Neither defense was dominant, as the final score attests. So it wasn't beautiful. It wasn't a pristine display of football. No one expects that from two teams that finished 6-10. It was exciting though. It was exciting for its progression, big plays and especially for the talent on display.
The Turning of the Tide: See: Suh, Ndomination.
There's a lot to love about Suh's fumble-recovery touchdown.
- The reminder that though fumble recoveries are too infrequent and varied to be statistically significant, that fumble recoveries are often a product of skill. The awareness, quickness and hand-eye coordination displayed by Suh is anything but luck.
- The legitimate possibility that this moment, the moment captured above in .gifly glory, is the first undeniable evidence of Suh's greatness.
- Santana Moss's attempted strutus interruptus and how Suh shrugs him off, spins to facing and runs backwards into the end zone.
Which is pretty much exactly what happened.
Five most exciting plays of the game: We'll dispense with "defining" and emphasize excitement.
Vanden Bosch Appears: Defensive coordinator Gunther Cunningham is a versatile old hand with experience coaching the 3-4 and 4-3. He kept it simple when explaining his design to the Detroit News, recalling a setup favored by the turn-of-the-millennium Ravens and Dolphins:
"What we'd like to evolve to is to have two giant defensive tackles and two real fast defensive ends – then you can do anything you want," Cunningham said. "But that's gonna take time to get those players."Defensive end Kyle Vanden Bosch isn't an otherwordly talent but a solid talent and a coach's best friend. That is, he's assignment correct, versatile and vigilant. What football analyst call "instinctive" or in a redundant-seeming turn of phrase "a football player."
Where good coaching and expert execution meet is plays like this. Detroit sets with three down linemen, notably Suh playing right end opposite rookie left tackle Trent Williams. Vanden Bosch is in what color commentator Tim Ryan calls the "radar" position. Functionally, it's a standing lineman that can align and pass rush from any spot. This snap, he's right of nose tackle Corey Williams, showing the pre-snap look of an "A" gap blitz. At the snap, Suh attacks hard in, towards Trent Williams's interior shoulder and draws a double team. Vanden Bosch takes a false step forward and then wraps around the offensive left, untouched into the backfield and sacks McNabb for an eight yard loss on third and 15.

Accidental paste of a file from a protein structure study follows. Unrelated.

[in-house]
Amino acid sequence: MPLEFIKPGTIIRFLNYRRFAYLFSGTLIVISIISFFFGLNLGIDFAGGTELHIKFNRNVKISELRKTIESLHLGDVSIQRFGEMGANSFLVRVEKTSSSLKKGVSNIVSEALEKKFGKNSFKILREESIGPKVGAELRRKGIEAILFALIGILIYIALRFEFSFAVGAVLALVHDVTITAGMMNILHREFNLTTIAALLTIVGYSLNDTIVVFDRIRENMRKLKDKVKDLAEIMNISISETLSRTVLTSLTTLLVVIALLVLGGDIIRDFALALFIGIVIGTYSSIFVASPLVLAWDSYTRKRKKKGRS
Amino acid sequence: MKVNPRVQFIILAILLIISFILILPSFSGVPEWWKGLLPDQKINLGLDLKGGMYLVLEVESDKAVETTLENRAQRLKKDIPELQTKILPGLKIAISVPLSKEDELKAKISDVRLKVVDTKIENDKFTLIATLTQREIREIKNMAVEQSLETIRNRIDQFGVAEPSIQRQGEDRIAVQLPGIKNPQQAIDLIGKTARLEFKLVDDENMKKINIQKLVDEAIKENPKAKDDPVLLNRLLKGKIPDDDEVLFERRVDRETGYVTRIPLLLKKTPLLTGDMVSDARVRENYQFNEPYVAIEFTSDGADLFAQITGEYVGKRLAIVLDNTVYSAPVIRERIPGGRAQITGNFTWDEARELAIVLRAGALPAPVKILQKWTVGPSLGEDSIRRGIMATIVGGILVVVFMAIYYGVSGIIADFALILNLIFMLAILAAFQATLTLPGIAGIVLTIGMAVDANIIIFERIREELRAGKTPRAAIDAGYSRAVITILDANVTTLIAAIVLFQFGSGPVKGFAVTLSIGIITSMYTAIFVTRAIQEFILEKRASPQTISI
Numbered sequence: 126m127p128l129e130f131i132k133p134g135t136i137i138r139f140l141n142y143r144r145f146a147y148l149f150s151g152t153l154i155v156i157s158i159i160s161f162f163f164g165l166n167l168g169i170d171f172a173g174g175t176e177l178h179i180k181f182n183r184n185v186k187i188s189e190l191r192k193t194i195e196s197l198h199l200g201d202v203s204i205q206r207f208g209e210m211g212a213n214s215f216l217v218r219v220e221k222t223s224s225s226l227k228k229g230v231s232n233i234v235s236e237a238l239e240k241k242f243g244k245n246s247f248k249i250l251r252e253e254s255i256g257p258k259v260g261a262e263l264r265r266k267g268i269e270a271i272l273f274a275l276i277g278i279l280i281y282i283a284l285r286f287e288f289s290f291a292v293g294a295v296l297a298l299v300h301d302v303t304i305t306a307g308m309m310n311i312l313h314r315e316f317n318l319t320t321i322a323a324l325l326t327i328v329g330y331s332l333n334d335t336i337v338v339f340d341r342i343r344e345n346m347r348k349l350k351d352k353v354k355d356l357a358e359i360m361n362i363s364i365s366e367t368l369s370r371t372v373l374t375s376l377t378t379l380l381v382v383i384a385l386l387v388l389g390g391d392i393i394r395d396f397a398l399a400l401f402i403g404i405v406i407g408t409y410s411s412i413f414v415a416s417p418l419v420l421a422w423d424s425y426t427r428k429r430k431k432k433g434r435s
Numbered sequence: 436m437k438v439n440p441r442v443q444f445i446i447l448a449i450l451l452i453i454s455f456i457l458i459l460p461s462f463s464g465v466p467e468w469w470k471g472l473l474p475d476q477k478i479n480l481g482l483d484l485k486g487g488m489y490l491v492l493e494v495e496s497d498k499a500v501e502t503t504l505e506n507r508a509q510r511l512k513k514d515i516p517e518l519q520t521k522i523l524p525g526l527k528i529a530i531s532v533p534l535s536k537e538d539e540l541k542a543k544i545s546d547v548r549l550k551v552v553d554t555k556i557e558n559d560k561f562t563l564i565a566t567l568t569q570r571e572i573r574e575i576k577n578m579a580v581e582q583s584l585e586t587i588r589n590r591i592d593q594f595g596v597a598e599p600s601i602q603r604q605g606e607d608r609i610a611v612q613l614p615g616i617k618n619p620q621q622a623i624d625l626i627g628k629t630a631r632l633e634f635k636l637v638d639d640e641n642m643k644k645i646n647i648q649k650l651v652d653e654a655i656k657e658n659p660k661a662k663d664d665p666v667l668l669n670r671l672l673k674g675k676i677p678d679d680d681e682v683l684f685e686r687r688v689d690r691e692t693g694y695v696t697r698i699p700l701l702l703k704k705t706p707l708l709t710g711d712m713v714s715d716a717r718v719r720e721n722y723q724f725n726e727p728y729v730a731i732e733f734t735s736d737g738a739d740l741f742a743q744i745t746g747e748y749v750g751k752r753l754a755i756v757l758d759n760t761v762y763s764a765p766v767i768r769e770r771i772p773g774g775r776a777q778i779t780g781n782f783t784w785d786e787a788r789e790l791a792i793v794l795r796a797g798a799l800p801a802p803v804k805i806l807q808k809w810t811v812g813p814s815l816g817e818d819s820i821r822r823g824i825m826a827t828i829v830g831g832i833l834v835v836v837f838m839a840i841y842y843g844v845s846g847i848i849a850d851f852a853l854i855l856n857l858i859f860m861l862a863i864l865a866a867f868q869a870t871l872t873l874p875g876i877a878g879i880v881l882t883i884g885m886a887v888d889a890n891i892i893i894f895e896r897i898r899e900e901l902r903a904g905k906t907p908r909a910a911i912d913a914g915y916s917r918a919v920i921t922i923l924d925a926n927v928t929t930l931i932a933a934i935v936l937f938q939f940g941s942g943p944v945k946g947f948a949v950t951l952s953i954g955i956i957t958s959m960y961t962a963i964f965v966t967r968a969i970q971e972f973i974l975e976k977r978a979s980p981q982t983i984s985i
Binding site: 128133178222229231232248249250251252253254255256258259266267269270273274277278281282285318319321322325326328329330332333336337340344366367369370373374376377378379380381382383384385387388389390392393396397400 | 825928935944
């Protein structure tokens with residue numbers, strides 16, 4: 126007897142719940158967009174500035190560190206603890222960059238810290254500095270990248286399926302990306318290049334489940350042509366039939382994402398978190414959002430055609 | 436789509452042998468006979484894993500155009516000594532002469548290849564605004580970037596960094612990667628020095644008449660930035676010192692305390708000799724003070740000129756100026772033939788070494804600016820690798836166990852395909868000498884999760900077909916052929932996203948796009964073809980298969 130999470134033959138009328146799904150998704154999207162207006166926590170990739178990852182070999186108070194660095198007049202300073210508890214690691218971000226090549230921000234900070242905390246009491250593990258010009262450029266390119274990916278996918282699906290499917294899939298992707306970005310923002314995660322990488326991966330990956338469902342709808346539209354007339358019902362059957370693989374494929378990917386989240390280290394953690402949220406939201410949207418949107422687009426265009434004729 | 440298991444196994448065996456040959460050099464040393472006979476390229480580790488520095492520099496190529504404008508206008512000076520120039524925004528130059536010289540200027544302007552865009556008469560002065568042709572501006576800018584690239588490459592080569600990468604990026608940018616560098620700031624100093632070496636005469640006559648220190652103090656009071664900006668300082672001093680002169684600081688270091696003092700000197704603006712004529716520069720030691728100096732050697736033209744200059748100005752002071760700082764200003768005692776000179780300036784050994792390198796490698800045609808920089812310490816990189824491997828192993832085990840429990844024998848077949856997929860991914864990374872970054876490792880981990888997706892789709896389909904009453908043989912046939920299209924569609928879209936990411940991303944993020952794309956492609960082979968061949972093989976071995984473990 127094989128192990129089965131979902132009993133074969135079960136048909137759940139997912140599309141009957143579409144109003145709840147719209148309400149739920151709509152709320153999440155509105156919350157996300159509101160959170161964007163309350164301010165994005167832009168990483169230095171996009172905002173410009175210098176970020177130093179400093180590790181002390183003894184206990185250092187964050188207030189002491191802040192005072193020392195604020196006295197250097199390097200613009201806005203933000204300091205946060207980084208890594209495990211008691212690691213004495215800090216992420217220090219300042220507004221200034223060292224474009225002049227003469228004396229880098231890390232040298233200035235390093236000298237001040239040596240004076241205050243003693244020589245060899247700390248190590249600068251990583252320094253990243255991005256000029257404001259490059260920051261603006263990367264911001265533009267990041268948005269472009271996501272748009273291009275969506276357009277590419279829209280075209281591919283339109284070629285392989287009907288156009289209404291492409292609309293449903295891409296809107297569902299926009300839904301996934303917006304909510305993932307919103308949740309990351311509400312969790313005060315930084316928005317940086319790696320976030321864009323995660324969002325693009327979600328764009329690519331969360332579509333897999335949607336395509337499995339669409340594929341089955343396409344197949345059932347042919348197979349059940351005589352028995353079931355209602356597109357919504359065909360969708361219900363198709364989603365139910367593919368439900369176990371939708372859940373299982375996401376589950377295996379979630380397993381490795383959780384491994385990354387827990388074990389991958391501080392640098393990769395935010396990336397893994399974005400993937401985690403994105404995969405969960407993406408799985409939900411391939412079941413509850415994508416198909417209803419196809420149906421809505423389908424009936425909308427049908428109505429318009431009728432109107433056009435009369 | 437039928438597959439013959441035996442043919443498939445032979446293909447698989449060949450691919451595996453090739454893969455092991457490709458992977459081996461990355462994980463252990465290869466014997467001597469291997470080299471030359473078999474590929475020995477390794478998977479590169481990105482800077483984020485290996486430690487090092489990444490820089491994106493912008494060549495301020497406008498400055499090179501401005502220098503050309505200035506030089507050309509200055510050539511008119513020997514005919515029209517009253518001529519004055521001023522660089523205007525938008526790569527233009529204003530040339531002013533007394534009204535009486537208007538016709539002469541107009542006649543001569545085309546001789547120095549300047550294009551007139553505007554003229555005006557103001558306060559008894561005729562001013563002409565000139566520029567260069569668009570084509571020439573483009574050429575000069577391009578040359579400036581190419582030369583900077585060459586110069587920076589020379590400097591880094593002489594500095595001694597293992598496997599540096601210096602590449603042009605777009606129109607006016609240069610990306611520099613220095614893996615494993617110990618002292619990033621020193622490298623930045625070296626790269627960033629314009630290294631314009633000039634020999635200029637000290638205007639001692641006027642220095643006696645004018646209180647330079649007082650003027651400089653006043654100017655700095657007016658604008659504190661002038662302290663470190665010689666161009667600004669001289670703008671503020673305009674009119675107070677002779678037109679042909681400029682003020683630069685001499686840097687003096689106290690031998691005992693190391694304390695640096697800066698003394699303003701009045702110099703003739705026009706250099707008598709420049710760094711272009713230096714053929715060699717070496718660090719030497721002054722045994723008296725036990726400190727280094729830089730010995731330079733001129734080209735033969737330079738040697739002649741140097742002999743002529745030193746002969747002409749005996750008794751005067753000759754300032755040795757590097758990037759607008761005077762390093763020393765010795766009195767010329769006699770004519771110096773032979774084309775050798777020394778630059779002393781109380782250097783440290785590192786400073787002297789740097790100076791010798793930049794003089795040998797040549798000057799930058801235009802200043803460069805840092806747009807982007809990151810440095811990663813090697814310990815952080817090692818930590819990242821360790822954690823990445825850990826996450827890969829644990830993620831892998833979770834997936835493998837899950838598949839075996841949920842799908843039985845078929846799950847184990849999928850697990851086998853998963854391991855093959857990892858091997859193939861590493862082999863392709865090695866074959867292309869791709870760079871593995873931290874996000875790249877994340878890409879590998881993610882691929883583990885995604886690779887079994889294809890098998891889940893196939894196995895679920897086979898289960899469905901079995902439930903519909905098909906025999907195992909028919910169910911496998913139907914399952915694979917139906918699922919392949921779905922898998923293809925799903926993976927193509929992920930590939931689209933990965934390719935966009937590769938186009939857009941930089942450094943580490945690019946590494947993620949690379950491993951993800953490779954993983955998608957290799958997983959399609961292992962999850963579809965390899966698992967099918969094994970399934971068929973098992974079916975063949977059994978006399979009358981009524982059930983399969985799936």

The play is worth 4% win probability, a sizable amount for a non-scoring play in the first quarter. Plays like the above are one reason Vanden Bosch, despite missing five games and totaling only 4.5 sacks, ranked second only to Jared Allen in win probability added by defensive ends.
LaRon Landry sinks the screen: Landry is probably the best pure strong safety in the NFL. Which would be more exciting if pure strong safety wasn't a dying position. Nevertheless, as a safety that ranges towards linebacker, Landry has few peers. This play is a good example why.
Nate Burleson motions into the left slot before the snap. Stafford takes the snap and cocks his head towards Burleson. From nine yards past the line of scrimmage, Landry begins to close. Burleson receives and attempts to breaks towards the left sideline but to no avail. Landry hits, wraps and tackles Burleson for a loss of two. The play was worth 3% win probability.
Suh forces a three and out:
- First and ten from the Redskins 24: Right guard Artis Hicks stands straight up, flat footed, and extends his arms to ward off Suh. Suh places his right hand along Hicks' left elbow, turns Hicks aside and closes and strikes McNabb in under two seconds. Sack for a loss of eight.